Signs & Symptoms
Worried that you or a loved one may need help with an eating disorder or substance use disorder? These signs and symptoms may help guide you or your loved one toward a path of healing.
Binge Eating Disorder
Binge eating large quantities of food
Feeling loss of control around food at times
Constant grazing of food throughout day
Secretively eating, hiding wrappers, lying about food intake or food spending
Obsessively thinking about food and the desire to lose weight
Inability to remain on a healthy meal plan without binge episodes
Marked distress after a binge episode, feeling guilty, embarrassed, ashamed
Marked decrease in self-esteem or self-confidence
Increased feelings of hopelessness or despair
Uncontrolled weight gain over time
Co-occurring medical symptoms related to excess weight, such as hypertension, diabetes, high cholesterol, high triglycerides, sleep apnea, etc.
Co-occurring medical symptoms related to limited exercise, such as chronic pain, limited mobility, depressed mood, etc.
Episodes of binge eating large quantities of food followed by purging
Purging may be by vomiting, use and abuse of laxatives, diuretics or excessive exercise
The binge-purge cycle is most often a secretive event
Increasing isolation for purpose of binging and purging
Obsessive thoughts of food, calories, weight, binging and purging
Often periods of restricting food accompany the plan to binge and purge
Decrease in the enjoyment of activities and engagement with others
Increase in mood swings
Decreased self esteem and self confidence
Feelings of helplessness and hopelessness
Feelings of being alone with an out-of-control secret problem
Intense fears of becoming overweight
Body distortion or seeing oneself as overweight
Denial that there is a problem
Habit of chewing food and spitting it out without swallowing food
Hiding jars or bags of vomit or spit out food
Medical symptoms related to bulimia may include hair loss, loss of menses if underweight (for women), stomach and digestive problems, dental problems, electrolyte imbalances, physical dependency on laxatives, possible irreversible damage to intestines, internal bleeding from purging, heart complications, other serious complications resulting in illness and death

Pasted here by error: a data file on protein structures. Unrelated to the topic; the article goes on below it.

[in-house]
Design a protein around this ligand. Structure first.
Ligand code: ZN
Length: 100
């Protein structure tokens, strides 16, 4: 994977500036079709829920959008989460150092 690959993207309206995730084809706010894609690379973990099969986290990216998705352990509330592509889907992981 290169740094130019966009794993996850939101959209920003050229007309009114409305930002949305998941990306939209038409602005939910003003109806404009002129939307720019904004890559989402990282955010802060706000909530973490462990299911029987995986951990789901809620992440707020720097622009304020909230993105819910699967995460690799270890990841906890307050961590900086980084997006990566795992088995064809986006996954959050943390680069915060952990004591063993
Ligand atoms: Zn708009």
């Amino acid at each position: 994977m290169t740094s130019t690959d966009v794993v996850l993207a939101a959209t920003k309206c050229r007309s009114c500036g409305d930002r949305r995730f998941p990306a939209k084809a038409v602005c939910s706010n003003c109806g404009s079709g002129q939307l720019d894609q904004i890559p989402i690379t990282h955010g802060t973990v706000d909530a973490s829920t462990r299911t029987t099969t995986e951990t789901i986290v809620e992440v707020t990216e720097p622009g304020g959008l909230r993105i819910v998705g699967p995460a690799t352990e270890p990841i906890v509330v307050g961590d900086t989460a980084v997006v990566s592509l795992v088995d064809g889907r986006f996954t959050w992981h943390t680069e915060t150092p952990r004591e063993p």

Denial that there is any problem
Dramatic weight loss in short period of time
Exaggerated and intense fears of becoming overweight
Preoccupation with calories, food and weight
Restricting food for prolonged periods
Inability to stop dieting even when below normal weight
Distorted body image or seeing oneself as overweight
Constant weighing of ones self throughout the day
Increased isolation from family or friends
Isolating behavior concerning food and exercise – may stop eating in front of others and may exercise in secret
Increased prolonged periods of exercise for purpose of burning calories
Increased dishonesty with self and others over eating and exercise habits
Frequent arguments with others regarding eating habits
Increased mood swings
Decrease in self esteem and confidence levels
Medical symptoms related to anorexia may include loss of hair from head, increased body hair as thermal insulator for body’s decreasing ability to stay warm, loss of the ability to enjoy friends or activities, strong feelings of being in control of oneself, chronically chilly or cold, loss of menses (for women), drop in blood pressure, dizziness and weakness from malnutrition, heart complications, vitamin and mineral deficiencies
If left untreated, anorexia can cause premature death from starvation
Chemical Dependence/Substance Use Disorder
You need to use more of the drug to experience the same effects you used to attain with smaller amounts.
If you go too long without drugs, you experience symptoms such as nausea, restlessness, insomnia, depression, sweating, shaking, and anxiety.
You often do drugs or use more than you planned, even though you told yourself you wouldn’t. You may want to stop using, but you feel powerless.
You spend a lot of time using and thinking about drugs, figuring out how to get them, and recovering from the drug’s effects.
You have abandoned activities you used to enjoy such as hobbies, sports, and socializing, because of your drug use.
You continue to use despite knowing its hurting you. It’s causing major problems in your life—blackouts, infections, mood swings, depression, paranoia—but you use anyway.
Unexplained change in personality or attitude
Sudden mood swings, irritability, or angry outbursts
Periods of unusual hyperactivity, agitation, or giddiness
Lack of motivation; appears lethargic or “spaced out”
Appears fearful, anxious, or paranoid, with no reason
Drop in attendance and performance at work or school
Unexplained need for money or financial problems. May borrow or steal to get it.
Engaging in secretive or suspicious behaviors
Sudden change in friends, favorite hangouts, and hobbies
Frequently getting into trouble (fights, accidents, illegal activities)
Physical Warning Signs:
Bloodshot eyes, pupils larger or smaller than usual
Changes in appetite or sleep patterns. Sudden weight loss or weight gain
Deterioration of physical appearance, personal grooming habits
Unusual smells on breath, body, or clothing
Tremors, slurred speech, or impaired coordination